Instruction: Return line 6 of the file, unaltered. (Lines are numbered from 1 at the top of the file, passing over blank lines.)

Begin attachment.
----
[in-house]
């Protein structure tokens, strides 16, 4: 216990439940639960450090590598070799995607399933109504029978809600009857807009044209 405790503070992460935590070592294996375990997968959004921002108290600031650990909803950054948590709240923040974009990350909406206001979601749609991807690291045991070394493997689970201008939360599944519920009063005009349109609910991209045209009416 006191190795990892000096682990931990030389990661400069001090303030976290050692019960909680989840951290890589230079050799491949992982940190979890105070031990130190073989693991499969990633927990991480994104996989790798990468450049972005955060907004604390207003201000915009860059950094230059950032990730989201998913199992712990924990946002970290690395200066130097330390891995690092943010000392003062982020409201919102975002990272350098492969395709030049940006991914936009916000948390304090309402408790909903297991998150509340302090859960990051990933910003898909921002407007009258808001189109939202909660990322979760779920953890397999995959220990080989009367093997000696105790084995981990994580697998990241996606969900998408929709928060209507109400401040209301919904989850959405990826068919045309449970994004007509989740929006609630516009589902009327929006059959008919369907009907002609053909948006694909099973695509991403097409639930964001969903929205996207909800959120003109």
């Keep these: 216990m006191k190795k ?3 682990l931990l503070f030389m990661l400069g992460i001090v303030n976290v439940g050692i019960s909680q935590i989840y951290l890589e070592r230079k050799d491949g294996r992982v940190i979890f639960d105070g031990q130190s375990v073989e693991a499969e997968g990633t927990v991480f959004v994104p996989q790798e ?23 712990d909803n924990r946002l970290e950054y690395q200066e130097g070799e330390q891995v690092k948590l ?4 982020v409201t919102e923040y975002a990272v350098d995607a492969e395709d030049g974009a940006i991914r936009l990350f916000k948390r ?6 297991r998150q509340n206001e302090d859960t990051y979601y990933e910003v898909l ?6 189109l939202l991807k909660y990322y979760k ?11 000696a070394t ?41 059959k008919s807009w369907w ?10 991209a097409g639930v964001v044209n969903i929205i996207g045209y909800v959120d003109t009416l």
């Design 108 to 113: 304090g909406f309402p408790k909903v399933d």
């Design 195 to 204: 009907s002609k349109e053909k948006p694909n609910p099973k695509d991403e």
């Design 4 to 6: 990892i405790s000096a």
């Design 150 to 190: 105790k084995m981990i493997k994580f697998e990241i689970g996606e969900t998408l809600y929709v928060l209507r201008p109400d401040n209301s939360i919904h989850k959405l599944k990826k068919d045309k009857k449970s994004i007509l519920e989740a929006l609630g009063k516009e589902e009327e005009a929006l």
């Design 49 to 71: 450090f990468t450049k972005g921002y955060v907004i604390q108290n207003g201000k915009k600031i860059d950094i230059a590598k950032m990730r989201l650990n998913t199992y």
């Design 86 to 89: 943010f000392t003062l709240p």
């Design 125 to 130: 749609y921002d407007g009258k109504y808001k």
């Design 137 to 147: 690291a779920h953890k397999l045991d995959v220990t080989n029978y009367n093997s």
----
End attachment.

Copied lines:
């Design 4 to 6: 990892i405790s000096a």